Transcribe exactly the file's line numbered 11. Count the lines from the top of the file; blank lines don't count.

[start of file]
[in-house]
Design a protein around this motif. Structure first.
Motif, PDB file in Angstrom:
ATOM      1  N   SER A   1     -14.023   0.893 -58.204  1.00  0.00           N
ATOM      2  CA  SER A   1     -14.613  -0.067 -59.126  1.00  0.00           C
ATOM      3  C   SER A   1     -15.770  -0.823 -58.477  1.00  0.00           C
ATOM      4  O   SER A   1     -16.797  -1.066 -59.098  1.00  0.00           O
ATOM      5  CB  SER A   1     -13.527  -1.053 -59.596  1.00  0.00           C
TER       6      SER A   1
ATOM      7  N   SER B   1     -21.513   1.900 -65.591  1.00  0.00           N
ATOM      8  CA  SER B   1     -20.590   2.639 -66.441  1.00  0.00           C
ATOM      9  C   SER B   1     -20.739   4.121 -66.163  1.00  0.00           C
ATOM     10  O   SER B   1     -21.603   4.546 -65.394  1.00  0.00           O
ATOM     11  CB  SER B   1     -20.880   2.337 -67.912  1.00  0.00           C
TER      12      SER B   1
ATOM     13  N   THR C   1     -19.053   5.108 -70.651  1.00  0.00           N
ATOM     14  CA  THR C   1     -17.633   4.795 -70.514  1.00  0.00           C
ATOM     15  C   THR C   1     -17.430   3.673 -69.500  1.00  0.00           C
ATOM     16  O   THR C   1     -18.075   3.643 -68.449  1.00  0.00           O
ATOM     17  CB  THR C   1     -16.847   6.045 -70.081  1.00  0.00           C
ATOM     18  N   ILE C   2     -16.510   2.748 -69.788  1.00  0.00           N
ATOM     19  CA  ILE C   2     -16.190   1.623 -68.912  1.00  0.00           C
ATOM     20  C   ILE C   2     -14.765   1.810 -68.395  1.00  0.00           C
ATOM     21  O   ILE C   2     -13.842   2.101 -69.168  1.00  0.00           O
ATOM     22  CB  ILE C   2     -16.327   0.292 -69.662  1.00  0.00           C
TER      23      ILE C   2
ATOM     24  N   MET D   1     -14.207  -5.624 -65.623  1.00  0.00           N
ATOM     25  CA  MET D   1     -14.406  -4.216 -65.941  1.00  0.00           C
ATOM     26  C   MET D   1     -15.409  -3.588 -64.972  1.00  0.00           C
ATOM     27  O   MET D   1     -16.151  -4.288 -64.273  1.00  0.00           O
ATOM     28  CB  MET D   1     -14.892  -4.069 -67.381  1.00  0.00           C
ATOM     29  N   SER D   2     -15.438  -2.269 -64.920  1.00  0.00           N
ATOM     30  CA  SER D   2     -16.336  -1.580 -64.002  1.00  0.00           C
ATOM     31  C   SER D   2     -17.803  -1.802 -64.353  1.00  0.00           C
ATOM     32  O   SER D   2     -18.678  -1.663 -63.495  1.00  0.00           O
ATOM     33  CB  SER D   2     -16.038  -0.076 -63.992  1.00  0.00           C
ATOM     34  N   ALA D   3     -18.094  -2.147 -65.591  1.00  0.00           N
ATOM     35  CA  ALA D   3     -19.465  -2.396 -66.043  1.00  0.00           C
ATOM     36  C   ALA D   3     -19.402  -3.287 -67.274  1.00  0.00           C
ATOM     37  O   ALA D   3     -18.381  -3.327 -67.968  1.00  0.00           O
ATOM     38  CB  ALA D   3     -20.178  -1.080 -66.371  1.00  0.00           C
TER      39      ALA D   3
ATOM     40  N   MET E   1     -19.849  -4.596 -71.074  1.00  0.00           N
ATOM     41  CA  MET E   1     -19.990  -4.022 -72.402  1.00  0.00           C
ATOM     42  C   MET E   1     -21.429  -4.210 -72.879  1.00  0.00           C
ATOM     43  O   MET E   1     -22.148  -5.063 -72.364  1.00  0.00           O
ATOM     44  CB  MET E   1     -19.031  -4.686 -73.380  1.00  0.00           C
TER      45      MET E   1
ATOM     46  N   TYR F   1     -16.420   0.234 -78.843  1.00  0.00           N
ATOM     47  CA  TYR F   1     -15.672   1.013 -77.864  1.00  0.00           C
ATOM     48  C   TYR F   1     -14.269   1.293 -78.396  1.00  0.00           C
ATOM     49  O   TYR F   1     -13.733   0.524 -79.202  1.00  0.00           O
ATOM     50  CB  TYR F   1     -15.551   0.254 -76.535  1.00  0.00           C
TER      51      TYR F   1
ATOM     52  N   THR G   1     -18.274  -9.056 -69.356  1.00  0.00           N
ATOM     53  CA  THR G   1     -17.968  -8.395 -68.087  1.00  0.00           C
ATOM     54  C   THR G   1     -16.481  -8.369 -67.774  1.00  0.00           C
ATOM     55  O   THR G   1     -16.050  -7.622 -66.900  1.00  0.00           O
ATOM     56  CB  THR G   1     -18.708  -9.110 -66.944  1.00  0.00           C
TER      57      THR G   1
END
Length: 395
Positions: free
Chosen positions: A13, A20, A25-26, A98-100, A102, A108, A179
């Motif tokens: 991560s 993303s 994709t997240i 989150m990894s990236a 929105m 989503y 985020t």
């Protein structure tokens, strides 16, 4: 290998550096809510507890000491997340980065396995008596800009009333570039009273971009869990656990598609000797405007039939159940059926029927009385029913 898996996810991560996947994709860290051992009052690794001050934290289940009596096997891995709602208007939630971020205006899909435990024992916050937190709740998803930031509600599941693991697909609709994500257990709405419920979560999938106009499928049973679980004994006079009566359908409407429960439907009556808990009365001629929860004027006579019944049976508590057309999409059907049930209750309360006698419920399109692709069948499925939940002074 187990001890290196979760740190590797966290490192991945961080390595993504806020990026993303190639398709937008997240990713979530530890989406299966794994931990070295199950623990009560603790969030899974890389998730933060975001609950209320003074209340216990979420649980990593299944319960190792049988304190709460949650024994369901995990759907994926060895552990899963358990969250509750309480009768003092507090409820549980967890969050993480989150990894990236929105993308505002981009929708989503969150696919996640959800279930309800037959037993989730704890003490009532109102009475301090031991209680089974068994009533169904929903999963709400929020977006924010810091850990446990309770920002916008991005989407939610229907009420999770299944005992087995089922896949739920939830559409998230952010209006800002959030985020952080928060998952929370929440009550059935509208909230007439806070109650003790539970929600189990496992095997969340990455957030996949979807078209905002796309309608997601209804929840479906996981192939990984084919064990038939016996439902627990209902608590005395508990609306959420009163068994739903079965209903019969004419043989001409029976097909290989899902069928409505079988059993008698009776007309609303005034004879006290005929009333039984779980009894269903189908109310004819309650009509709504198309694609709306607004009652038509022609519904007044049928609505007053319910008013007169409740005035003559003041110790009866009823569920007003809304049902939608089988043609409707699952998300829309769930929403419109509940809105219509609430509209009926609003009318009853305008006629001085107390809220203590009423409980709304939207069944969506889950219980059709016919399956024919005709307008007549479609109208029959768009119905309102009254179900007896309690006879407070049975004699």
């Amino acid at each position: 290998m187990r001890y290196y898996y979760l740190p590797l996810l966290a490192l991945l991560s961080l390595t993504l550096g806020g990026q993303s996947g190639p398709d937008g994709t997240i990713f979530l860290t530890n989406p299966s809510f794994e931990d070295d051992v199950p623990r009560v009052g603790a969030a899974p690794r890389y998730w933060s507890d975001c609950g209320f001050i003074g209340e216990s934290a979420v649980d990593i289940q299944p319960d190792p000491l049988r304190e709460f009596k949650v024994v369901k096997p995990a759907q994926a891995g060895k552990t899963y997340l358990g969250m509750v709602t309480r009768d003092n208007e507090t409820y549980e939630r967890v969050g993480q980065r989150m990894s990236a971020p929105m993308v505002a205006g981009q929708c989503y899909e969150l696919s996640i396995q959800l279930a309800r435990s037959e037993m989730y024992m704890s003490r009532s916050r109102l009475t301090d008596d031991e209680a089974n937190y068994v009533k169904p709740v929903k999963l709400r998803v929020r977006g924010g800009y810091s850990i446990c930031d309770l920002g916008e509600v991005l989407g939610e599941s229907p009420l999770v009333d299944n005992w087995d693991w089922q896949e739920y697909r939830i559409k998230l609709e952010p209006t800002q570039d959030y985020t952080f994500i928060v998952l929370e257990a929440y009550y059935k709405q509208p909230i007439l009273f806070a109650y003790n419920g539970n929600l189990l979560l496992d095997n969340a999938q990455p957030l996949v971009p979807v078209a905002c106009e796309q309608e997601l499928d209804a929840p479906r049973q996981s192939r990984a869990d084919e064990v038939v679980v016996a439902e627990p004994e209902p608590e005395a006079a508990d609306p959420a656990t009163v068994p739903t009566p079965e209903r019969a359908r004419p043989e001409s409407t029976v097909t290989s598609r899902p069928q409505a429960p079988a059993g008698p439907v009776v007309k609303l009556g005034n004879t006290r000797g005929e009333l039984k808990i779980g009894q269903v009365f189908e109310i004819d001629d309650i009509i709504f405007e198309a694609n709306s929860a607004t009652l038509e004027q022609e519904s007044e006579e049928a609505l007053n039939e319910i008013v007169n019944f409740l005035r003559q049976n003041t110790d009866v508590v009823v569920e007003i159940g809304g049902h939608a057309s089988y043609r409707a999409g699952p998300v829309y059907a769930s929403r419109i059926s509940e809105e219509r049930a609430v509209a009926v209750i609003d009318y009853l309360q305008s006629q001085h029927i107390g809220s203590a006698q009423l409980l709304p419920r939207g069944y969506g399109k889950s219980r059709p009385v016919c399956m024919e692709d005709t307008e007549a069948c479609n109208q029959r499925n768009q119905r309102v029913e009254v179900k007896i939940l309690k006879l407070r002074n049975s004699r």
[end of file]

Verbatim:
ATOM      8  CA  SER B   1     -20.590   2.639 -66.441  1.00  0.00           C